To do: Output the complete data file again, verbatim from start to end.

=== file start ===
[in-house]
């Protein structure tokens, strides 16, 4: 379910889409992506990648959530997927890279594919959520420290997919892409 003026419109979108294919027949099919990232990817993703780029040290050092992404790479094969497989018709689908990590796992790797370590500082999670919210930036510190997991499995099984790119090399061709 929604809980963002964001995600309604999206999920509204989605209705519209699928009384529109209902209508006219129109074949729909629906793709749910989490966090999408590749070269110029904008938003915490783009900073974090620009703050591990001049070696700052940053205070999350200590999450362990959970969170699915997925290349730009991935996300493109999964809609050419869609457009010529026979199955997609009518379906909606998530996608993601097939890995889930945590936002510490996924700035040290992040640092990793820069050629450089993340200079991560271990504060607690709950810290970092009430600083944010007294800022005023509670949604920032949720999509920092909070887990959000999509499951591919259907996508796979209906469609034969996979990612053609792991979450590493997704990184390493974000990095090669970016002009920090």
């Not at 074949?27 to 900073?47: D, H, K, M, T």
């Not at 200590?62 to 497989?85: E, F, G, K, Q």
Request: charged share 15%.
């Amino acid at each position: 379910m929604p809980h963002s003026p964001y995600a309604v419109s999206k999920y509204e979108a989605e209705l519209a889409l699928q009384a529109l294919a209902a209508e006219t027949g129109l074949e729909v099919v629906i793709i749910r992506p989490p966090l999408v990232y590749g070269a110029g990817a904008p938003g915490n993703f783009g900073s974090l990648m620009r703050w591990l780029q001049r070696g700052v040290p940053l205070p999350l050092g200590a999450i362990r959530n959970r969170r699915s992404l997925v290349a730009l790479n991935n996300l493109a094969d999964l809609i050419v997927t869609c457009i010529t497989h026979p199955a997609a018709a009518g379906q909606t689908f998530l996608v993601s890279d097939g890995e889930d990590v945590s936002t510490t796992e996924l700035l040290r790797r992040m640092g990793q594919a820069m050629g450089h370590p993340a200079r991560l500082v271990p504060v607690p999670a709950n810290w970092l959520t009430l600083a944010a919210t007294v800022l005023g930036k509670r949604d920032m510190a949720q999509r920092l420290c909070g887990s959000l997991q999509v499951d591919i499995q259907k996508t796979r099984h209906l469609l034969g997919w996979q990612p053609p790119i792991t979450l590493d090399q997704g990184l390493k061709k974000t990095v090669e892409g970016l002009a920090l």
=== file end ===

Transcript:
[in-house]
């Protein structure tokens, strides 16, 4: 379910889409992506990648959530997927890279594919959520420290997919892409 003026419109979108294919027949099919990232990817993703780029040290050092992404790479094969497989018709689908990590796992790797370590500082999670919210930036510190997991499995099984790119090399061709 929604809980963002964001995600309604999206999920509204989605209705519209699928009384529109209902209508006219129109074949729909629906793709749910989490966090999408590749070269110029904008938003915490783009900073974090620009703050591990001049070696700052940053205070999350200590999450362990959970969170699915997925290349730009991935996300493109999964809609050419869609457009010529026979199955997609009518379906909606998530996608993601097939890995889930945590936002510490996924700035040290992040640092990793820069050629450089993340200079991560271990504060607690709950810290970092009430600083944010007294800022005023509670949604920032949720999509920092909070887990959000999509499951591919259907996508796979209906469609034969996979990612053609792991979450590493997704990184390493974000990095090669970016002009920090």
């Not at 074949?27 to 900073?47: D, H, K, M, T």
């Not at 200590?62 to 497989?85: E, F, G, K, Q």
Request: charged share 15%.
């Amino acid at each position: 379910m929604p809980h963002s003026p964001y995600a309604v419109s999206k999920y509204e979108a989605e209705l519209a889409l699928q009384a529109l294919a209902a209508e006219t027949g129109l074949e729909v099919v629906i793709i749910r992506p989490p966090l999408v990232y590749g070269a110029g990817a904008p938003g915490n993703f783009g900073s974090l990648m620009r703050w591990l780029q001049r070696g700052v040290p940053l205070p999350l050092g200590a999450i362990r959530n959970r969170r699915s992404l997925v290349a730009l790479n991935n996300l493109a094969d999964l809609i050419v997927t869609c457009i010529t497989h026979p199955a997609a018709a009518g379906q909606t689908f998530l996608v993601s890279d097939g890995e889930d990590v945590s936002t510490t796992e996924l700035l040290r790797r992040m640092g990793q594919a820069m050629g450089h370590p993340a200079r991560l500082v271990p504060v607690p999670a709950n810290w970092l959520t009430l600083a944010a919210t007294v800022l005023g930036k509670r949604d920032m510190a949720q999509r920092l420290c909070g887990s959000l997991q999509v499951d591919i499995q259907k996508t796979r099984h209906l469609l034969g997919w996979q990612p053609p790119i792991t979450l590493d090399q997704g990184l390493k061709k974000t990095v090669e892409g970016l002009a920090l």